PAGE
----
New research by Sander Goossens, associate research scientist at UMBC’s Center for Space Science and Technology, and colleagues offers a fresh perspective on a question of universal importance. The study, published in Nature Communications, employed a novel method to learn more about the Sun and further confirmed the constant G, the mainstay of Einstein’s theory of general relativity that predicts how extremely large masses warp space-time.
To address such big ideas, “You need the solar system as your laboratory,” says Goossens. The research team, led by Antonio Genova, research scientist in MIT’s Department of Earth, Atmospheric, and Planetary Sciences, used data collected by NASA’s MESSENGER satellite, which orbited Mercury from March 2011 to April 2015 and carried out “flyby” observations in 2008 and 2009. By tracking and analyzing the orbits of Mercury and MESSENGER over several years, the team was able to separate out the various causes of tiny changes in their orbits.
The Sun’s gravity is the biggest factor that keeps the planets in orbit. As the Sun slowly loses mass from interior processes and the solar wind—which constantly rips particles away from the upper atmosphere of the Sun—its gravity weakens, the planets’ orbits creep away from the Sun, and the solar system expands. The team found that the Sun is losing mass at a rate of 0.1 percent per 10 billion years, causing the planetary orbits to shift by 1.5 cm per year per astronomical unit (the distance between Earth and the Sun).
Other factors also affect the planets’ orbits, such as the Sun’s “oblateness” (how much it bulges in the middle, rather than being a perfect sphere) and how much it warps space-time by virtue of its goliath size, which is described by relativity theory. The team was able to estimate relativity-related parameters, confirming Einstein’s theory beyond what previous studies have found.
This study also further constrained the value of the constant G, which governs gravity’s effect on objects. Scientists continue working to demonstrate that G remains constant in as many contexts as possible. This adds evidence for the hypothesis that G is constant across the universe and hasn’t changed since the Big Bang.
“To some people it might sound like, ‘Well, there’s another confirmation of Einstein’s theory,’ but those are important because we have no idea at what level things might deviate,” says Goossens. He explains, “It’s a constant, so people expect it to be constant, but it’s always been a question whether or not G varies with time, and we’ve been able to put quite tight constraints on that.”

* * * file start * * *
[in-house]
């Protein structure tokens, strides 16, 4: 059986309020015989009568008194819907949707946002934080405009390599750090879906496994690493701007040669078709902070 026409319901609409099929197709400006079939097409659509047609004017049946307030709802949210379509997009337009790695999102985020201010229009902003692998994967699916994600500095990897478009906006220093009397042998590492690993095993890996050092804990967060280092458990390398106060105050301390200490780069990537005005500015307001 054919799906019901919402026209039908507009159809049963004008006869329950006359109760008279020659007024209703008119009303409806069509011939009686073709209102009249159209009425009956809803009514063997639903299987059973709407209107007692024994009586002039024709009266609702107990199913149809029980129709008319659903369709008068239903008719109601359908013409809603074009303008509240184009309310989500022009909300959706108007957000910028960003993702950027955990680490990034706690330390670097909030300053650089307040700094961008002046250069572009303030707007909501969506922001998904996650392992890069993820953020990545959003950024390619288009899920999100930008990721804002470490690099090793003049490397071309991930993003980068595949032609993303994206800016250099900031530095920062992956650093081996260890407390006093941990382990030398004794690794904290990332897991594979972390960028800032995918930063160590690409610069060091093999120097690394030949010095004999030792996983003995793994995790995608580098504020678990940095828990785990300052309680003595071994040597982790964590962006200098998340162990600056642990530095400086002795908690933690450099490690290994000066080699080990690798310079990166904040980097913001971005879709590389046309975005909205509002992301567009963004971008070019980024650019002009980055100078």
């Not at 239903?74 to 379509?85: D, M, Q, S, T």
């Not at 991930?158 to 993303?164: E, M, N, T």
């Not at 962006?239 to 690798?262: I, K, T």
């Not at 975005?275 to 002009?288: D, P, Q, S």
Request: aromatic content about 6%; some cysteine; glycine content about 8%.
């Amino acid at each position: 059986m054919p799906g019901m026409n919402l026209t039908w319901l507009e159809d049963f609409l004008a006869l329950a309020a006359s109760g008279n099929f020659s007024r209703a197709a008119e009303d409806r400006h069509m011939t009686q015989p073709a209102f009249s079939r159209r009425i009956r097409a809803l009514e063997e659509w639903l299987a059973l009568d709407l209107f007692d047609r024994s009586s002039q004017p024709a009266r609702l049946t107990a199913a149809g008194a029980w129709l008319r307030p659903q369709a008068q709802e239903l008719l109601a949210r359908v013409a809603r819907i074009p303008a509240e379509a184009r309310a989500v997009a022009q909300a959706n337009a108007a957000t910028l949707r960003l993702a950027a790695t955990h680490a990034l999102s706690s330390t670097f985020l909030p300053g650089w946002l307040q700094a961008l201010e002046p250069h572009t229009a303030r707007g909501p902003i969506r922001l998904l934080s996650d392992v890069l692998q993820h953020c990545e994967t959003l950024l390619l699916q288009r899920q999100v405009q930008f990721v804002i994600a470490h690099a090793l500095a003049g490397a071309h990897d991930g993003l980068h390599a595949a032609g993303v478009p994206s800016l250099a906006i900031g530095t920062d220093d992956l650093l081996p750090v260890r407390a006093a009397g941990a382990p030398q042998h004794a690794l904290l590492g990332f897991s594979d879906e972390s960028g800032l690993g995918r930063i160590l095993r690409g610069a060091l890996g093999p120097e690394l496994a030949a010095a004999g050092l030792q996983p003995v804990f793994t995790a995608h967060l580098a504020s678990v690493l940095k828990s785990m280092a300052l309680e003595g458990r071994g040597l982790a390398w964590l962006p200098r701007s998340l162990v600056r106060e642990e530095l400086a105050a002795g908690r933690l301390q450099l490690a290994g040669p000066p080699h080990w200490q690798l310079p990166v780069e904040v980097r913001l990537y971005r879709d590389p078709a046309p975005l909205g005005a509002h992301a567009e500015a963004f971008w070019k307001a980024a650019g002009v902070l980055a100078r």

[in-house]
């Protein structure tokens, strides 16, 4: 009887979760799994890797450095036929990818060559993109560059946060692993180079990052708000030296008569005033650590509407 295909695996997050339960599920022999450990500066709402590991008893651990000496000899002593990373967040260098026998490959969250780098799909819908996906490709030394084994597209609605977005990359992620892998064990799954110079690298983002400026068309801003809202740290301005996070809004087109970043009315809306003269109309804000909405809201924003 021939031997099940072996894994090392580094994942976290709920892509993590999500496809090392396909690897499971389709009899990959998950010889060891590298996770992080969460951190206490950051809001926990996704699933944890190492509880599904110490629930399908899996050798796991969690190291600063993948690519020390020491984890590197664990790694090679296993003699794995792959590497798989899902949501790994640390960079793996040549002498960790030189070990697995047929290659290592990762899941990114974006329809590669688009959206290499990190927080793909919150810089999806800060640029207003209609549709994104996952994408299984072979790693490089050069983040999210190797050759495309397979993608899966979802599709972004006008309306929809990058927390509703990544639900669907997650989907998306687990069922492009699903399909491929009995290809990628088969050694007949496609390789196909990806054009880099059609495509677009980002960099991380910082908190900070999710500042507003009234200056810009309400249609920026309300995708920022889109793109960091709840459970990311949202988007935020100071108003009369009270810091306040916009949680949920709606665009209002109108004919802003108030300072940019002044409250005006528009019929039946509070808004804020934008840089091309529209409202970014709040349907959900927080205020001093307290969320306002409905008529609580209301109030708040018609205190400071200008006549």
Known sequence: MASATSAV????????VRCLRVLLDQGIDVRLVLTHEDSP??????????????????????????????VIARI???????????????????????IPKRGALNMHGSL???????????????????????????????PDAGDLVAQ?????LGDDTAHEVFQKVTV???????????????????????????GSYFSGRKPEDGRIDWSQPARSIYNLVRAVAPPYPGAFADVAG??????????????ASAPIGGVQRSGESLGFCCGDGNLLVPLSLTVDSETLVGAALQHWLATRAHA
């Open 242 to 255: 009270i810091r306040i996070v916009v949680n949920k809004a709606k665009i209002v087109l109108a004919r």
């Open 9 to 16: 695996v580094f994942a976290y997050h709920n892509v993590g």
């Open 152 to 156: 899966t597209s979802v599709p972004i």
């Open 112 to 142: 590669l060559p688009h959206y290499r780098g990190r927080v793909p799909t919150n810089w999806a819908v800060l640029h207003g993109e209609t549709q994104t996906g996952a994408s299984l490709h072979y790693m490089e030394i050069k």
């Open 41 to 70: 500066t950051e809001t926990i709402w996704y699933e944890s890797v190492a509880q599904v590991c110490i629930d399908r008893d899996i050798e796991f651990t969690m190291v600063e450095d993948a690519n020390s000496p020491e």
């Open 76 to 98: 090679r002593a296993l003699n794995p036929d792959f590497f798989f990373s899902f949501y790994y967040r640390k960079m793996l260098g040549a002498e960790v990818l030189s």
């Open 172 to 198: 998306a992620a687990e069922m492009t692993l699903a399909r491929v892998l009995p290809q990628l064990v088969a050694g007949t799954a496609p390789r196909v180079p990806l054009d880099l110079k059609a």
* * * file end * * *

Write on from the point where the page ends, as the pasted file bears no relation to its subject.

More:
This work is an example of the wide range of questions that can be addressed with a NASA mission like MESSENGER. “This study demonstrates that charting the orbits of planets, such as Mercury, may provide simultaneous new findings in different disciplines,” says Genova, from heliophysics—the study of the sun and its effects on the solar system—to theoretical physics, which includes the study of gravity.
This study is the first to calculate the Sun’s mass loss and oblateness based on observation as opposed to theory alone. Also, previous studies had taken Mercury’s orbit as fixed, based on data from NASA’s Jet Propulsion Laboratory, and actively measured only the satellite’s orbit. Genova, Goossens, and colleagues used an innovative approach, yielding more accurate results.
“In this case, we modeled both the orbit of Mercury and the orbit of the satellite,” explains Goossens, “and in a similar way that we normally determine the satellite orbit, we now simultaneously determined Mercury’s and the satellite’s orbit.”
Eventually, Goossens would like to see this type of analysis expanded even further, to consider more than two celestial bodies at once—perhaps even the entire solar system. Even looking at other pairs of bodies, such as the Sun and a different planet, would be a boon for general relativity experts who have a range of ideas about Einstein’s theory, he says. “Perhaps this could show a way forward for testing those theories as well.”
Find the complete research article, “Solar system expansion and strong equivalence principle as seen by the NASA MESSENGER mission” by Genova et al. in Nature Communications.
For more on Goossen’s work with NASA, including the GRAIL mission, see coverage of his research on a massive Moon crater, published in Science.
Image: An artist’s conception of the MESSENGER satellite as it orbits Mercury; photo provided by NASA.